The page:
F-unemployment isn’t that bad.
Coming home after traveling for nearly three months has not been nearly as difficult as expected. I love Northern California. As my plane came into final approach at SFO, I felt excited and anxious to be back on the ground in my adopted home. Even before I left Buenos Aires, I began thinking about how I would return to the Bay and take advantage of my newly discovered free time, f-unemployment.
I put the “f” in front of the dreaded word not to curse it, but to kill its edge. Sure it’s dreadful to chip away at my savings and think about how terrible the economy is and how long I might be searching. I might get a new job in a week. I might get a new job in a year. If I really want to freak myself out, I just think about that. Realistically I need to be ready for both possibilities. But on the other side of the coin, I now have time to do what I love: photography, skiing, climbing, gardening, reading and relaxing. Best of all, I have time to reflect on the trip I just completed rather than forget it in the day to day grind of a speedy return to the office. Years ago I remember someone telling me around a Yosemite campfire that in life you either have time or money, but rarely both. True. I might not have steady income now, but I do have time to do the things I love.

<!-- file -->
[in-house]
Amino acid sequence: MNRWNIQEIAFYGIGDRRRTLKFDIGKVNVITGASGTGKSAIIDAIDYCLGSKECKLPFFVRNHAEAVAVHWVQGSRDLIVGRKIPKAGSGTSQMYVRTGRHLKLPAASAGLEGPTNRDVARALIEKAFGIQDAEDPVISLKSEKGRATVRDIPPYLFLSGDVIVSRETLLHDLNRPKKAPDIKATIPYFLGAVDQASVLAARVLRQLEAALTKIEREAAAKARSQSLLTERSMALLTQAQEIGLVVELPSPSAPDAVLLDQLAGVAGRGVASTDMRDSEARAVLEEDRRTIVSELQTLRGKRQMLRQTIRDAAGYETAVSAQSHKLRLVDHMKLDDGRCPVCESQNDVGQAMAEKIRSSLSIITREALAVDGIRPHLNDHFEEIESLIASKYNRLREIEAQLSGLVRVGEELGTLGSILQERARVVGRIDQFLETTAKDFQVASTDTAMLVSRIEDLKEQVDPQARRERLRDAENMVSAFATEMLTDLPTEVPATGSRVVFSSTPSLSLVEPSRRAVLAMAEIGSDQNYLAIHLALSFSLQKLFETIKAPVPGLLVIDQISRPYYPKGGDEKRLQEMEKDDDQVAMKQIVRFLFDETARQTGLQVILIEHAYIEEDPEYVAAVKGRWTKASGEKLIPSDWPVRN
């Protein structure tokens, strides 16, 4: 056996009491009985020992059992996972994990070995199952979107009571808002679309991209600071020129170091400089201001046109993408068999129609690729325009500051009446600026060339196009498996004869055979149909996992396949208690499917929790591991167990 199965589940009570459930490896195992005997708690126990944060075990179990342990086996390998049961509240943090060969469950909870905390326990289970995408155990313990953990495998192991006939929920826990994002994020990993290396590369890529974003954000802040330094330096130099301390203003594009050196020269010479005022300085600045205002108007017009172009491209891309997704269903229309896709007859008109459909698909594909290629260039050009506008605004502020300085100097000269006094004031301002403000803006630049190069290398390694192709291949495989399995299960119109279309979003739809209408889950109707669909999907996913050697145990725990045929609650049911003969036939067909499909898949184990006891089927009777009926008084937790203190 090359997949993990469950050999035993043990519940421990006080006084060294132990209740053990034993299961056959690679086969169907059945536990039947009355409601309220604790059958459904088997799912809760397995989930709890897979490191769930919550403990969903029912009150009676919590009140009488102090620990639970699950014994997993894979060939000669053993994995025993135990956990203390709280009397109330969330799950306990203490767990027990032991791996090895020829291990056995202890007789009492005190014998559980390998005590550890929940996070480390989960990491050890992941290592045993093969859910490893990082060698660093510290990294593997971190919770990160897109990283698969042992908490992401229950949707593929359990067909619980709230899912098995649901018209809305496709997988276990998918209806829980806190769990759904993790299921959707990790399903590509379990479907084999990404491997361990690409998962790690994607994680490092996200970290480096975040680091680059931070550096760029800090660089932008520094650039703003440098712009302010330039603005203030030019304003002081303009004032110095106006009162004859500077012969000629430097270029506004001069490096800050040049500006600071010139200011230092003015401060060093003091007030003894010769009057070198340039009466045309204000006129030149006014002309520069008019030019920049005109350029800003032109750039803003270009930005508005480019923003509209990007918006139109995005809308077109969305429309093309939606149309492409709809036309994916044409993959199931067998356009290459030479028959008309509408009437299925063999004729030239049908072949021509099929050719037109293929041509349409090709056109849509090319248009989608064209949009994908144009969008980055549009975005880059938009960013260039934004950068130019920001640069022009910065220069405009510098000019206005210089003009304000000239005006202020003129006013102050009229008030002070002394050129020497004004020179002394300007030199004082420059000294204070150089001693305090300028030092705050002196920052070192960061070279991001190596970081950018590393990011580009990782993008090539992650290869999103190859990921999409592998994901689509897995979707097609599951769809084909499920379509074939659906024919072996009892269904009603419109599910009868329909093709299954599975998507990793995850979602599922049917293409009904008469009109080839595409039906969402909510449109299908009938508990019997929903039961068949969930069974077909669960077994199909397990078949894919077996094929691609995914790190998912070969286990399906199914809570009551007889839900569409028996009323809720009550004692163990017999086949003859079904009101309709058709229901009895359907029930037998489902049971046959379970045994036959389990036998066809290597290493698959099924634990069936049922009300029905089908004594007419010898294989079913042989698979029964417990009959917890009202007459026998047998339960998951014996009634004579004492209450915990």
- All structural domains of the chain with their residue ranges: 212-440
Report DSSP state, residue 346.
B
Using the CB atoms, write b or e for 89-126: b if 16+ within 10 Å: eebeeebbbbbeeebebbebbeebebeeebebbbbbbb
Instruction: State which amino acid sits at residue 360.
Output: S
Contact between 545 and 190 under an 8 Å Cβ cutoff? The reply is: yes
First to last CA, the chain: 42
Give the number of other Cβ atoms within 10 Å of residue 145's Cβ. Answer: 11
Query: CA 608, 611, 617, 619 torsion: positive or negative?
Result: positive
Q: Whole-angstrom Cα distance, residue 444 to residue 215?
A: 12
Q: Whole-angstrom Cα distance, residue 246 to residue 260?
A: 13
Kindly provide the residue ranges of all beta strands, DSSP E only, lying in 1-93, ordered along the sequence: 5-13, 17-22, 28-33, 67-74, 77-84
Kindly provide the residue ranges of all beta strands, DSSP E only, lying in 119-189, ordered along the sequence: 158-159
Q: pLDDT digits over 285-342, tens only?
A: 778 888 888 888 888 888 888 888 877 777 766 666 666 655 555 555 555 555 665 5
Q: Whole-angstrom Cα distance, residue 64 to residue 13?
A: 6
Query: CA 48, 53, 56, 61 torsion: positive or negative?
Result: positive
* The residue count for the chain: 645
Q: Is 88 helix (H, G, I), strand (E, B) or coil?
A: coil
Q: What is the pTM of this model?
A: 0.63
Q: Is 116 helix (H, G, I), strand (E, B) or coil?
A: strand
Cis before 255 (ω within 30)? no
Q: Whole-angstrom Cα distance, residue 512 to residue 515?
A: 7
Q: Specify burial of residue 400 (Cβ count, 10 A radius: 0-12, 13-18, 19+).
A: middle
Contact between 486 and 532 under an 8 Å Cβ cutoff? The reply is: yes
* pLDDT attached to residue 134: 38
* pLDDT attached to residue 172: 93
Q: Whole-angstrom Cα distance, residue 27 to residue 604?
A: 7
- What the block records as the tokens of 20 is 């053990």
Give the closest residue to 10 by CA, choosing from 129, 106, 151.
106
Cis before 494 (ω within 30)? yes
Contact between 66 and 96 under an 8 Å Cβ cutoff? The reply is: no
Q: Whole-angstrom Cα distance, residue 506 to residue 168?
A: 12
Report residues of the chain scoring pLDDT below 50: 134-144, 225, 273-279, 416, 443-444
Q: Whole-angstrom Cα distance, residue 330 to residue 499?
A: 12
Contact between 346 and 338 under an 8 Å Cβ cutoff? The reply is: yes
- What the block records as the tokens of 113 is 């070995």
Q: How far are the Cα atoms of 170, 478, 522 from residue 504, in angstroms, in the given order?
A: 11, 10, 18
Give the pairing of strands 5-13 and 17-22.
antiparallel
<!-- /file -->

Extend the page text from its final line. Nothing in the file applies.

So after flying in on Wednesday, grabbing a Mission quesadilla and unpacking boxes of clothes and items into my Berkeley apartment, I decided that I would spend the following week in the Eastern Sierra backcountry skiing. The weather looked good and I had always dreamed of going back there with no real schedule or commitments. Even better yet, my girlfriend reminded me that she would be on a business trip to LA for the majority of the week. So on Sunday afternoon, I kissed her goodbye, loaded my car and began the six hour trek to my friend’s home in Mammoth.
The week has been just as I had hoped. I have reconnected with friends, skied mountains that had been in my gaze for years, focused on shooting skiers and even had time to reflect upon my trip to Patagonia. No, I don’t have a job yet, but that’s fine with me. Having time for myself to readjust and focus my energies on what I love most is far more valuable than a paycheck. And who knows, it might just eventually lead to getting paid for it.